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ITU/BDT Arab Regional Workshop on Future of Voice Salalah – Oman, 2-4 August 2008 Future of Voice - Framing the Debate Dr. Abdelfattah ABUQAYYAS ICT/HRD.

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Presentation on theme: "ITU/BDT Arab Regional Workshop on Future of Voice Salalah – Oman, 2-4 August 2008 Future of Voice - Framing the Debate Dr. Abdelfattah ABUQAYYAS ICT/HRD."— Presentation transcript:

1 ITU/BDT Arab Regional Workshop on Future of Voice Salalah – Oman, 2-4 August 2008 Future of Voice - Framing the Debate Dr. Abdelfattah ABUQAYYAS ICT/HRD Consultant

2 ITU/BDT Arab Regional Workshop on Future of Voice Salalah – Oman, 2-4 August 2008 Session Description: For more than 100 years, voice traffic has been the mainstay of the telecommunications sector, in terms of customers, revenues and traffic. But the gradual migration to an all-IP network environment is having a significant impact on the provision of voice service over the public switched telecommunication network (PSTN). In this respect, the concept of voice, as a universal service, is also evolving rapidly. The purpose of this session is to outline the background and to frame the debate from different perspectives, in particular drawing attention to the main trends in technologies, markets, regulation and policies that are likely to have an impact upon the traditional paradigm of the communication business. Framing the Debate 2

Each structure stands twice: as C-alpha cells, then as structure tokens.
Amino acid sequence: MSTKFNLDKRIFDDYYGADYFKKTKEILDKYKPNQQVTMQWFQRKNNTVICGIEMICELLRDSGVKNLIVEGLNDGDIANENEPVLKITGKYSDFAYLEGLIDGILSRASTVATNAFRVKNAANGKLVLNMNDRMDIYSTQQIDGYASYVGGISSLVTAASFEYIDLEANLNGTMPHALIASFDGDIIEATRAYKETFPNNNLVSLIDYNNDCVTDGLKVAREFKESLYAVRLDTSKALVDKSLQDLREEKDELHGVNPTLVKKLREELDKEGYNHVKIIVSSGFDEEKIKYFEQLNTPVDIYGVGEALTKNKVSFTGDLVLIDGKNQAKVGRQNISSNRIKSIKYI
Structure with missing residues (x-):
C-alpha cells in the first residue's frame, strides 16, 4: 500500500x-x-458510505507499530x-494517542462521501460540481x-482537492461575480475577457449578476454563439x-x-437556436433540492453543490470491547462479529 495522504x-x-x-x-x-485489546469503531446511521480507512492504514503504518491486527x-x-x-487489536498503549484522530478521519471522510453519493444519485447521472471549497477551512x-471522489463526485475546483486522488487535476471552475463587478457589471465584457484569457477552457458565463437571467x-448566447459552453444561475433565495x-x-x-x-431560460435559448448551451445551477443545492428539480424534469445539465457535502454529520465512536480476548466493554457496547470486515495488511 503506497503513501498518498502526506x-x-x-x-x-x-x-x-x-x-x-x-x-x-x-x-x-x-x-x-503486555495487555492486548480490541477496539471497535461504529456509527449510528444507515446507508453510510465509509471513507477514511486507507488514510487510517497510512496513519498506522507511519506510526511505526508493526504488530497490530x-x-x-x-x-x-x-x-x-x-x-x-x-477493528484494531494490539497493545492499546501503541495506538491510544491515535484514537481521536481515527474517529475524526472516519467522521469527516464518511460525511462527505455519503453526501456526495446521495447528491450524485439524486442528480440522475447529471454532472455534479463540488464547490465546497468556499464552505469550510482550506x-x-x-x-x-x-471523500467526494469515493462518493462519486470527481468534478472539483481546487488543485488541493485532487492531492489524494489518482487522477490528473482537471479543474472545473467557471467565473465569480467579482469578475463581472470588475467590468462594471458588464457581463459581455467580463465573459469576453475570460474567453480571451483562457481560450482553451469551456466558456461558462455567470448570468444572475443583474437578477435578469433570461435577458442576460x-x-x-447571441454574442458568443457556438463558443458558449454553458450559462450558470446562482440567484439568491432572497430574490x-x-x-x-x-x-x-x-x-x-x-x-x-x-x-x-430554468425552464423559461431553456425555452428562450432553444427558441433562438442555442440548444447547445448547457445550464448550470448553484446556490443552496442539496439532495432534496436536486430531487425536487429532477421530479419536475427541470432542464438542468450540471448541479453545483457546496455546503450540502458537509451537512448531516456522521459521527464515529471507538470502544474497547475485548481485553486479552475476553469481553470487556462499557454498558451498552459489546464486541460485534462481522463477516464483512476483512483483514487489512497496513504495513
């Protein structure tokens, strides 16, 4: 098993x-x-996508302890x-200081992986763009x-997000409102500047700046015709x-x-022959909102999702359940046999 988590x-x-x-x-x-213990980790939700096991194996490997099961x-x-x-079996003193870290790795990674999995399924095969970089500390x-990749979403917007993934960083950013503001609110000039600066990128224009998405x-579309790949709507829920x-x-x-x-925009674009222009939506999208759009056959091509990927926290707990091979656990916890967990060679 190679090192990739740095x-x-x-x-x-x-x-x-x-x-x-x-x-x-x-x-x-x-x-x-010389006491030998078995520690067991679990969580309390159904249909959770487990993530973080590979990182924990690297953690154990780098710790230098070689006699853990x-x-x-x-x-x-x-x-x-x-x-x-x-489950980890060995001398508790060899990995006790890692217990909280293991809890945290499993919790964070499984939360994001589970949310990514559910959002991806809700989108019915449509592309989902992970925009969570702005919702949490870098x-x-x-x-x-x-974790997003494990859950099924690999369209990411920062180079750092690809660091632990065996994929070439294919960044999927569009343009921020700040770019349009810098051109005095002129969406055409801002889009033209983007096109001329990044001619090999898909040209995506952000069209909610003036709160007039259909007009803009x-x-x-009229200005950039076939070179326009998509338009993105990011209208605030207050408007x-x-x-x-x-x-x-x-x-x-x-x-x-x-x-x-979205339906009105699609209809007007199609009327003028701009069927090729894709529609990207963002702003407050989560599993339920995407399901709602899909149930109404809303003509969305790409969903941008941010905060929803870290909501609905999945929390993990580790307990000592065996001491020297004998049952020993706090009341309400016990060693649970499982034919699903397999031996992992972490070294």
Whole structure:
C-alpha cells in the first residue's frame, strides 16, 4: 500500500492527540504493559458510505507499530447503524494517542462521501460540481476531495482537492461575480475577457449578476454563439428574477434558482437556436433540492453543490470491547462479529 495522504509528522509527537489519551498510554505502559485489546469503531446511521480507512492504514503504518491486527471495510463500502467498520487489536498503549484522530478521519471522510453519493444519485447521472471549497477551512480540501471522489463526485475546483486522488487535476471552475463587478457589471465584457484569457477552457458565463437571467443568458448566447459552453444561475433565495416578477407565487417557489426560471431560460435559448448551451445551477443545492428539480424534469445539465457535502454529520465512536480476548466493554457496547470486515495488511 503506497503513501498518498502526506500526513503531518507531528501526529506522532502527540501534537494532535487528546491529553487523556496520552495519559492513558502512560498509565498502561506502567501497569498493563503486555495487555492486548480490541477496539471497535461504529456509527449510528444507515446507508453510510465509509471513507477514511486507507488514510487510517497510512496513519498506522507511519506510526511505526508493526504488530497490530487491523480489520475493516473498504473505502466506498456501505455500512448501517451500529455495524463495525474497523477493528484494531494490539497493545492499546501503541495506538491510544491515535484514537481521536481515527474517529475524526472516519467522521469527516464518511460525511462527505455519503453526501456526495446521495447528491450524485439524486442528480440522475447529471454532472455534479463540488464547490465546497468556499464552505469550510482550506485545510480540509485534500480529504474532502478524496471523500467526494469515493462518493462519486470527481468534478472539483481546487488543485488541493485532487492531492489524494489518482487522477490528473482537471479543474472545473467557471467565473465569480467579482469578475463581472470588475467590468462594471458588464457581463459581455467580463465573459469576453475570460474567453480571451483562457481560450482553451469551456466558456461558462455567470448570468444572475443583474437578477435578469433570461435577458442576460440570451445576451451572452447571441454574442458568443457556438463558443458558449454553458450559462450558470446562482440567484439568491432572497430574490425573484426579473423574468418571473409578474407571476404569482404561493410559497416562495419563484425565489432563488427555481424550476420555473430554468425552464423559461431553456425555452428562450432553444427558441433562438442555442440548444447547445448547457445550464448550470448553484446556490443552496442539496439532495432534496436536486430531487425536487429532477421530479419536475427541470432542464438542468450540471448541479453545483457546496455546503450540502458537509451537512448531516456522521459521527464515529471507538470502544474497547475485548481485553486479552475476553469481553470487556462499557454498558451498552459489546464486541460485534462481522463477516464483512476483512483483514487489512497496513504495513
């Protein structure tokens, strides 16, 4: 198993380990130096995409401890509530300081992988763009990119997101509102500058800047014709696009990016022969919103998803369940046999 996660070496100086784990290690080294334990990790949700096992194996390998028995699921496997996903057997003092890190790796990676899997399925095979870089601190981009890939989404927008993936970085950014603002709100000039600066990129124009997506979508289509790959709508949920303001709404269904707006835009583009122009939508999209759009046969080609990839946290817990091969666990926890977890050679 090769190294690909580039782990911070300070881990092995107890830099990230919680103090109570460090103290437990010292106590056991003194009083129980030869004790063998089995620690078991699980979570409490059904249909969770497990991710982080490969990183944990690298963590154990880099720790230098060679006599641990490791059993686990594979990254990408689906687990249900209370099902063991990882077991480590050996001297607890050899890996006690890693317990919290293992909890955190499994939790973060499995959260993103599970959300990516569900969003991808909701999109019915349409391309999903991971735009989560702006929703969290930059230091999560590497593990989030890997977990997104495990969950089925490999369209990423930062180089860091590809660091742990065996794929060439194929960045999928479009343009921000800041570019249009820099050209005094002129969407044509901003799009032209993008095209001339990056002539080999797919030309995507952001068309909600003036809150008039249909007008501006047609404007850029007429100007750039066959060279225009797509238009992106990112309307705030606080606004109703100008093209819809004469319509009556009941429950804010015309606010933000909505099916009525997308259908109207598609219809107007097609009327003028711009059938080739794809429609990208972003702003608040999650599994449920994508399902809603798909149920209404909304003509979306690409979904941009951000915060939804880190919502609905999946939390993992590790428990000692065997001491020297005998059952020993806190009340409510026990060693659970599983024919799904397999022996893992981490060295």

3 ITU/BDT Arab Regional Workshop on Future of Voice Salalah – Oman, 2-4 August 2008 Voice and Data Data was first (telegraph) Voice came second (telephone) Data had a spectacular rebirth (Internet); Voice got a second wind (mobile) They now begin to work together (convergence) Competitors or Complementors? Data often displaces voice , chat for fixed calls SMS for mobile calls Voice can complement data, and vice versa Telemedicine, distance learning Customer service Why Should We Care? Affects the pace and direction of innovation in communications services. Could open new or underserved markets, especially in less developed economies. Could help close the digital divide. Should impact regulatory policy. The Future of Voice: a view from the past 3